The real trainers, the ones that worked in training before the great recession have moved on to careers in consulting, or entirely different fields. My personal story is much the same with one caveat. I saw this coming in early 2010 when I wrote my first book on fixing these broken training departments, and 5 years later when I published the follow up book on training solutions that benefit the organization and are accountable for results. I spent 12 years trying to help organization improve results, and for those that wanted to improve we did, but for many we never connected.

Where have all the trainers gone that knew how adults learn and matched learning needs with business objectives? A few found roles in large organizations. Some found a life as a consultant doing the ad hoc work for clients annually while the internal staff remained incompetent to assume the roles. And most of us have moved on to completely different careers.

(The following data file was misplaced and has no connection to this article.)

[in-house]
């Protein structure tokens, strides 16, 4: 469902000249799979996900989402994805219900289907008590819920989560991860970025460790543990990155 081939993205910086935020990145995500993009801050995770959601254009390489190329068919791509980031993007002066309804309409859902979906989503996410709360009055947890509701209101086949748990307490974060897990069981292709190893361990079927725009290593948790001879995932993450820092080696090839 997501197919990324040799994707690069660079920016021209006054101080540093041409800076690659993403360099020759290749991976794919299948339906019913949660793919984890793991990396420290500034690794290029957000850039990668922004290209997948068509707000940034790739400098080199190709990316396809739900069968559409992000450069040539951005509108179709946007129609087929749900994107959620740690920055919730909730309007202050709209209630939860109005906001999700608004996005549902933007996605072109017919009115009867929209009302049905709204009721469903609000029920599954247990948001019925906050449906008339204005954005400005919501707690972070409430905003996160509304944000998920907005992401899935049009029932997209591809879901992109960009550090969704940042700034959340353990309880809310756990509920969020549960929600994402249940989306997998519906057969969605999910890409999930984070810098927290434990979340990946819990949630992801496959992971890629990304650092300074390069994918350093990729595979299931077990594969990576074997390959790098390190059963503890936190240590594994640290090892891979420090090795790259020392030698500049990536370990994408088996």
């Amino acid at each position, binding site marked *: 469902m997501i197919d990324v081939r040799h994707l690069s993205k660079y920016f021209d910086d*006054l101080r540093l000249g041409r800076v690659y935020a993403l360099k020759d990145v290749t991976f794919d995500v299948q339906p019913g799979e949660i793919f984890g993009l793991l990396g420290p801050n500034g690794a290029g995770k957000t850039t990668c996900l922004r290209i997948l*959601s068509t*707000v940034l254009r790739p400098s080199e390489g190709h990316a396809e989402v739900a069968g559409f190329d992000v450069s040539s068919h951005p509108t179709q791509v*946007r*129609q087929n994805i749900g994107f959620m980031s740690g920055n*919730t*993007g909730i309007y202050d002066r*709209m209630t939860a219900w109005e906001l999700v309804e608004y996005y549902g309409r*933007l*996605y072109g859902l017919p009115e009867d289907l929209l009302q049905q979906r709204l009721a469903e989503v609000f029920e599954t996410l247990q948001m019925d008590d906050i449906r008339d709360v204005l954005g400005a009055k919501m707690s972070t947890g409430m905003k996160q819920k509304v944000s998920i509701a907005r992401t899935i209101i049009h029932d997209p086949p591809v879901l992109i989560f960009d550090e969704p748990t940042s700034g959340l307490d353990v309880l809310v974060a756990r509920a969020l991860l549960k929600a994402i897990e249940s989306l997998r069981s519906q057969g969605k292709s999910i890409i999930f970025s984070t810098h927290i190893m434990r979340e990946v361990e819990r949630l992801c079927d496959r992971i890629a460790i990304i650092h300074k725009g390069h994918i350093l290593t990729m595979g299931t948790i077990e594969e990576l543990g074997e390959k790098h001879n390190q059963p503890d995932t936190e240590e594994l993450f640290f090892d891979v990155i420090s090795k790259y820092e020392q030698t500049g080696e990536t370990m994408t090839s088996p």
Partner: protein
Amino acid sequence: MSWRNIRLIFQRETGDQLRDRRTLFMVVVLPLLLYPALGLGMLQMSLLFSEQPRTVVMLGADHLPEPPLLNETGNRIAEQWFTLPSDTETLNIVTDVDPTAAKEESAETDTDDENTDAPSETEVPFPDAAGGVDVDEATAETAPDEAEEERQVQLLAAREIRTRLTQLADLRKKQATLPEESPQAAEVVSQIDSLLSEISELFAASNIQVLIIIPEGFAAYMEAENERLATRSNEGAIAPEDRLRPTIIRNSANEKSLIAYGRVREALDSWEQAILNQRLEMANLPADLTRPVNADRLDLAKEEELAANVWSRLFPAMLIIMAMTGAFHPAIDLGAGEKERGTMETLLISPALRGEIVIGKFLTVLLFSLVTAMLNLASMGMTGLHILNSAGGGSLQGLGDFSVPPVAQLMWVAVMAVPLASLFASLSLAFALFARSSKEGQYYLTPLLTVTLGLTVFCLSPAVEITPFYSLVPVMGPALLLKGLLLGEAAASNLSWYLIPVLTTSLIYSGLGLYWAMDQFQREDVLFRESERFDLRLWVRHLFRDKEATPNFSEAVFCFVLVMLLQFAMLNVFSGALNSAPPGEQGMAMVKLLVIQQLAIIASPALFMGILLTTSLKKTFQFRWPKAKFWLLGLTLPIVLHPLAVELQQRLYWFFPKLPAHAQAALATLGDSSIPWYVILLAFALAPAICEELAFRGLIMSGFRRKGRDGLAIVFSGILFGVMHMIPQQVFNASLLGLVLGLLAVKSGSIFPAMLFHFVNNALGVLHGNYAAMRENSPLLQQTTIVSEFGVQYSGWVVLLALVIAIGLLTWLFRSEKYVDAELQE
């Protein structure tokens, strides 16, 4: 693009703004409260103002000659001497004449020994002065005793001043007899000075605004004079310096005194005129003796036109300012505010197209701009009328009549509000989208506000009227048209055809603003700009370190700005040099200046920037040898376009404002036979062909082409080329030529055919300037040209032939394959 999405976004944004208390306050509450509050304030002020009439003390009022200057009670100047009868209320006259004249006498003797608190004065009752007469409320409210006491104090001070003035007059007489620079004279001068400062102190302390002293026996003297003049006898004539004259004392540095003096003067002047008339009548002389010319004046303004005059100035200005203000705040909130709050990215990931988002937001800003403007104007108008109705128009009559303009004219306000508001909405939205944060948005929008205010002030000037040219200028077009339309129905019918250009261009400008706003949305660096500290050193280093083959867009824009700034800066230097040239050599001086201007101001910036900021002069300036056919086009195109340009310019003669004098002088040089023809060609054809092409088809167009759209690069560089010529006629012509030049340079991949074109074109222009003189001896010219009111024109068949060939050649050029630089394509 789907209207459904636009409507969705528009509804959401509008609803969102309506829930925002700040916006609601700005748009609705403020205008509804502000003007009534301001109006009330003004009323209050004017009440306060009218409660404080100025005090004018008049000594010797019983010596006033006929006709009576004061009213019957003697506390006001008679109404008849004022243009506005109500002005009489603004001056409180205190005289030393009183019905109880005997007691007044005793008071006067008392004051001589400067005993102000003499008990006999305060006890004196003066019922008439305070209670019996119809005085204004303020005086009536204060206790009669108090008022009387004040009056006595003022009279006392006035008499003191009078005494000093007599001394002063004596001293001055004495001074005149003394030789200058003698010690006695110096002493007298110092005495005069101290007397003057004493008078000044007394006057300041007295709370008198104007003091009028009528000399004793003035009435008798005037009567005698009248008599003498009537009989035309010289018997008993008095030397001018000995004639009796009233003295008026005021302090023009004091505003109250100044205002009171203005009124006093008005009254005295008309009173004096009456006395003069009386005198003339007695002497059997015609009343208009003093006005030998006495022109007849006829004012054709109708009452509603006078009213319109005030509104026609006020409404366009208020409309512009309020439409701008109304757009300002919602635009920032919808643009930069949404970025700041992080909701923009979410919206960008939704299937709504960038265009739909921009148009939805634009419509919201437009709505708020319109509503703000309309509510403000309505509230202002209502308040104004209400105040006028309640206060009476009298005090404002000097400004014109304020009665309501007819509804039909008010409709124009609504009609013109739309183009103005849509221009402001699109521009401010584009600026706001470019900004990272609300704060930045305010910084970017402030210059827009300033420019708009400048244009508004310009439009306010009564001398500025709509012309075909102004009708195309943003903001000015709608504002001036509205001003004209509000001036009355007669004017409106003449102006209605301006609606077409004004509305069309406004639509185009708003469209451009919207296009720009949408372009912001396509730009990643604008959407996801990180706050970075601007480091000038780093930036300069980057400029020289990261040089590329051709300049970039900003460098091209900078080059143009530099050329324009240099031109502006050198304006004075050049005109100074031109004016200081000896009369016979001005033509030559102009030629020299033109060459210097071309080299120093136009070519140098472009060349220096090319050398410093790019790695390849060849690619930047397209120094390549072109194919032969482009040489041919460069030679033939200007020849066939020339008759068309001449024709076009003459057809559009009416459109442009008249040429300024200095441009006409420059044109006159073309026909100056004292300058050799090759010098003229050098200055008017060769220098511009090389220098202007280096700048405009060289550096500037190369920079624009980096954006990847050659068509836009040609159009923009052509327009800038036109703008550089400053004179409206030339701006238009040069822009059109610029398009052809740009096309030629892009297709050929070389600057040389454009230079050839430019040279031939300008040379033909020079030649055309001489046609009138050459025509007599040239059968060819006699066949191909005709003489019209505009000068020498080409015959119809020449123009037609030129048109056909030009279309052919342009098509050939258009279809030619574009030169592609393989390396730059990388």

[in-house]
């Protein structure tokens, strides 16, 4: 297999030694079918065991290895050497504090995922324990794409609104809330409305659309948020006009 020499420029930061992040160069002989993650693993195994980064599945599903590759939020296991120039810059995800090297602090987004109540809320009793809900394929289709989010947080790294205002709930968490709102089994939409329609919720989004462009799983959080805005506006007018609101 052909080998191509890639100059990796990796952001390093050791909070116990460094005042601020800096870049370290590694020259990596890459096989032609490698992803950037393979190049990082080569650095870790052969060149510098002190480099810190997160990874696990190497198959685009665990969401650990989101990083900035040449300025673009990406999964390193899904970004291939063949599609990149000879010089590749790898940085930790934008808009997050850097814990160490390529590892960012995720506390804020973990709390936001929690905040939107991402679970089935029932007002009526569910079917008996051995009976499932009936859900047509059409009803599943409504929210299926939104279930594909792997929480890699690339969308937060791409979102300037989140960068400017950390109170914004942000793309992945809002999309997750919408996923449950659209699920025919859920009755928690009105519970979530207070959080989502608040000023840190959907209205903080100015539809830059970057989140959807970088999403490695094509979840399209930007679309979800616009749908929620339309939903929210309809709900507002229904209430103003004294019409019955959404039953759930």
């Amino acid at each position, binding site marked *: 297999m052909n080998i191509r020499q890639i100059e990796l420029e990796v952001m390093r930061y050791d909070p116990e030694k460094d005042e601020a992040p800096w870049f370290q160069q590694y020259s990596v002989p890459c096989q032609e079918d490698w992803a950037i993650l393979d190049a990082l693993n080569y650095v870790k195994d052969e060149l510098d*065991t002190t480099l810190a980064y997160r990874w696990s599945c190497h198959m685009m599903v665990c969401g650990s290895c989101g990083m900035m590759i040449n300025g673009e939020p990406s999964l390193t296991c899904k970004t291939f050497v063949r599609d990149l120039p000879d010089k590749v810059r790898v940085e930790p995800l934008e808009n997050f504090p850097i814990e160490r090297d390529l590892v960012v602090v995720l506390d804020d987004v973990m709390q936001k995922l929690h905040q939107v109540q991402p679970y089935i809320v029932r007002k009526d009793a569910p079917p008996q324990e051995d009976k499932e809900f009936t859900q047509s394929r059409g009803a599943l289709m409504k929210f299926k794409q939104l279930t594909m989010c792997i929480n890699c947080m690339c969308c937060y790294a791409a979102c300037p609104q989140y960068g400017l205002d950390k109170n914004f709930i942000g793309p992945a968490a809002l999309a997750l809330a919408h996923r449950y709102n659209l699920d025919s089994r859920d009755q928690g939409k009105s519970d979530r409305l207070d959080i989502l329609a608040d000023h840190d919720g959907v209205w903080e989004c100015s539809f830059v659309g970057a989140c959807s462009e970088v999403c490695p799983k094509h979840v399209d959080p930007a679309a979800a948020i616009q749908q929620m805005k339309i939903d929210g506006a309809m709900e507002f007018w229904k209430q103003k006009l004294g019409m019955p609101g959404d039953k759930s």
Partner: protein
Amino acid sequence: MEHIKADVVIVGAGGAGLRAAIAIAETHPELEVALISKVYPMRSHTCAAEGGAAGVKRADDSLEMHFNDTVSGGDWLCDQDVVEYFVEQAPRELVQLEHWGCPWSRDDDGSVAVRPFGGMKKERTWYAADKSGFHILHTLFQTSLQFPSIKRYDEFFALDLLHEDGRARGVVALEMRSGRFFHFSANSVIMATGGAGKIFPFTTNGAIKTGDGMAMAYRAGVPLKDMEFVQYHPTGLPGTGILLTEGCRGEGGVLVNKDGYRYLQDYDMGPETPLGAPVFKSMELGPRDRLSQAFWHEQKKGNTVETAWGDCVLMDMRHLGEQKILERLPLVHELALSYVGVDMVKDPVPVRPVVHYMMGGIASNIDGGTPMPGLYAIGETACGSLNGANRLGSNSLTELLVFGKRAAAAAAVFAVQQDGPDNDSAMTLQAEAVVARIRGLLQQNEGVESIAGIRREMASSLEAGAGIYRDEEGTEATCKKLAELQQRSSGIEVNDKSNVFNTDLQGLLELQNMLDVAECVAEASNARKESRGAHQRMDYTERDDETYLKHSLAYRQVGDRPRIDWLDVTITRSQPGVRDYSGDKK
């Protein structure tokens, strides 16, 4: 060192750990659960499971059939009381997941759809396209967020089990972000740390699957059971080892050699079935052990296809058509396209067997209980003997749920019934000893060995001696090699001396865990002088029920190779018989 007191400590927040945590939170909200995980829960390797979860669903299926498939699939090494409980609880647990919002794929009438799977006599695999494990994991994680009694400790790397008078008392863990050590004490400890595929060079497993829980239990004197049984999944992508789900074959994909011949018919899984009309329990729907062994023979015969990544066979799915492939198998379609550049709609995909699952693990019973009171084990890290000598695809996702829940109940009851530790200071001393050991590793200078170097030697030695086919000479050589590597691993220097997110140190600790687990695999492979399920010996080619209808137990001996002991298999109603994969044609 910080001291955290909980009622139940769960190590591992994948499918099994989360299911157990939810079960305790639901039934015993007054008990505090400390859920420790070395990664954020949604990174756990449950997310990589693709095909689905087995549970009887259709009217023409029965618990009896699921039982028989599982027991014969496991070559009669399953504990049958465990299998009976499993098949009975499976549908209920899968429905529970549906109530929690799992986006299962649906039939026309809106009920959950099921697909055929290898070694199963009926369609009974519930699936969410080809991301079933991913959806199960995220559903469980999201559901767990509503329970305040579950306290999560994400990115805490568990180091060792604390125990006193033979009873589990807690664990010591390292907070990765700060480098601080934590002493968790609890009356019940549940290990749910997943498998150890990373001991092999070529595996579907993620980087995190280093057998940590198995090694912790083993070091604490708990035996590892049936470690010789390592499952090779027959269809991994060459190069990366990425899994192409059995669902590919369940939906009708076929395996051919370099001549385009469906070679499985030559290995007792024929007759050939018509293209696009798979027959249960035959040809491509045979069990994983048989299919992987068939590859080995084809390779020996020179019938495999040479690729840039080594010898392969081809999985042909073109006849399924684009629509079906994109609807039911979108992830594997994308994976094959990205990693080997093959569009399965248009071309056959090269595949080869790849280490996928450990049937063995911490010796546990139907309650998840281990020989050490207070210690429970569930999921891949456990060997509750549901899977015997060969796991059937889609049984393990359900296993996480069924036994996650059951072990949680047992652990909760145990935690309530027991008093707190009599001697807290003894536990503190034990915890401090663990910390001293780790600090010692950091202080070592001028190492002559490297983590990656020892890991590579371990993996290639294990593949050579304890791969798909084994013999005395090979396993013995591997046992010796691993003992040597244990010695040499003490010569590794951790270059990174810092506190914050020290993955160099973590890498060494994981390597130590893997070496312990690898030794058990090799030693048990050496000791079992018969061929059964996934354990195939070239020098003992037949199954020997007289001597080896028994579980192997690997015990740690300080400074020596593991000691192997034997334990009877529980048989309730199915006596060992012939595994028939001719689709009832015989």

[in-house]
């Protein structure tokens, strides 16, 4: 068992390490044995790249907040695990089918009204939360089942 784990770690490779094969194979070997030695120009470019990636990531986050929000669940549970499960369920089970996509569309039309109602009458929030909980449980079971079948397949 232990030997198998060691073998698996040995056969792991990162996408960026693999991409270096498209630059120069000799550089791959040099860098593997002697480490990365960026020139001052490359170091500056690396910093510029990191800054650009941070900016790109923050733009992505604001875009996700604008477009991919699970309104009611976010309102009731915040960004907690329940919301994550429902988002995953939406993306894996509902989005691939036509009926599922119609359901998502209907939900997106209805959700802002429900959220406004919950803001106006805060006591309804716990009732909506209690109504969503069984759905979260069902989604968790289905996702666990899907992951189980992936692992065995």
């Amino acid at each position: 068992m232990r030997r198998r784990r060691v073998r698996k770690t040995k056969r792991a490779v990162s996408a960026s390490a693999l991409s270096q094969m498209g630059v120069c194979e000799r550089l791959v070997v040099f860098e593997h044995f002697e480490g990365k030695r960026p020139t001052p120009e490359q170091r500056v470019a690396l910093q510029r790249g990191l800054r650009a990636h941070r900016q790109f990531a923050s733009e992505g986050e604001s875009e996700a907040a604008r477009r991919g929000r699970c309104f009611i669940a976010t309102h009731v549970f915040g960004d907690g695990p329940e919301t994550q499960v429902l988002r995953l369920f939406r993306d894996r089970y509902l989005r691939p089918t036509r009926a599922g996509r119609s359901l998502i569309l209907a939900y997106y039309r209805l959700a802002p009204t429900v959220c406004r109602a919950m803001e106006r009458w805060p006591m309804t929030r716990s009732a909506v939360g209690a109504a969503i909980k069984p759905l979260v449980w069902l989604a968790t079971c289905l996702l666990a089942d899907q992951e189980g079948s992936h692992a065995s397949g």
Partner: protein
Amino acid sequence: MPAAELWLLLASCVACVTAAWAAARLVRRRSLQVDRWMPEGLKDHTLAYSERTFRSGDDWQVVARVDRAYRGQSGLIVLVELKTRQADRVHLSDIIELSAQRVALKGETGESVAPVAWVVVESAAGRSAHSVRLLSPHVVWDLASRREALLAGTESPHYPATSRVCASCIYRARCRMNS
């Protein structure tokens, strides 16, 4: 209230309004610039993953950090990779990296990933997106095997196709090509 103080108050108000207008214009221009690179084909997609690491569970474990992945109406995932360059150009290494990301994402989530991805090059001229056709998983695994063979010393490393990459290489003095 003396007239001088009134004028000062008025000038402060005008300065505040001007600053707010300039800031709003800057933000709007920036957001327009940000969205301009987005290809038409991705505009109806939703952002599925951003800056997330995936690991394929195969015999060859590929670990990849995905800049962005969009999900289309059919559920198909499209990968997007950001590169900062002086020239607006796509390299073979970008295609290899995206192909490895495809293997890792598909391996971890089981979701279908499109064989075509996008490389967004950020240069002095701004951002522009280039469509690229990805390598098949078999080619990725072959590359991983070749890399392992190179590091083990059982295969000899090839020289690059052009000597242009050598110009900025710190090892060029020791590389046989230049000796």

I realized late last year that my first love in a career was not going to pay the bills anymore. I chose reluctantly my second love of travel to launch a third career (first was in retail banking) and became a travel consultant. I’m currently giving away or selling my training materials, books and effectively retiring 20 years before I had expected to. Someone told me to dumb down my resume to land a job, but I have not been able to interview as a novice. I guess sometimes you must give in to society’s wishes even if it means they get less than they need.

Where have all the trainers gone? There’re just gone.

Advertisements

Adults Enjoy Training When They Need It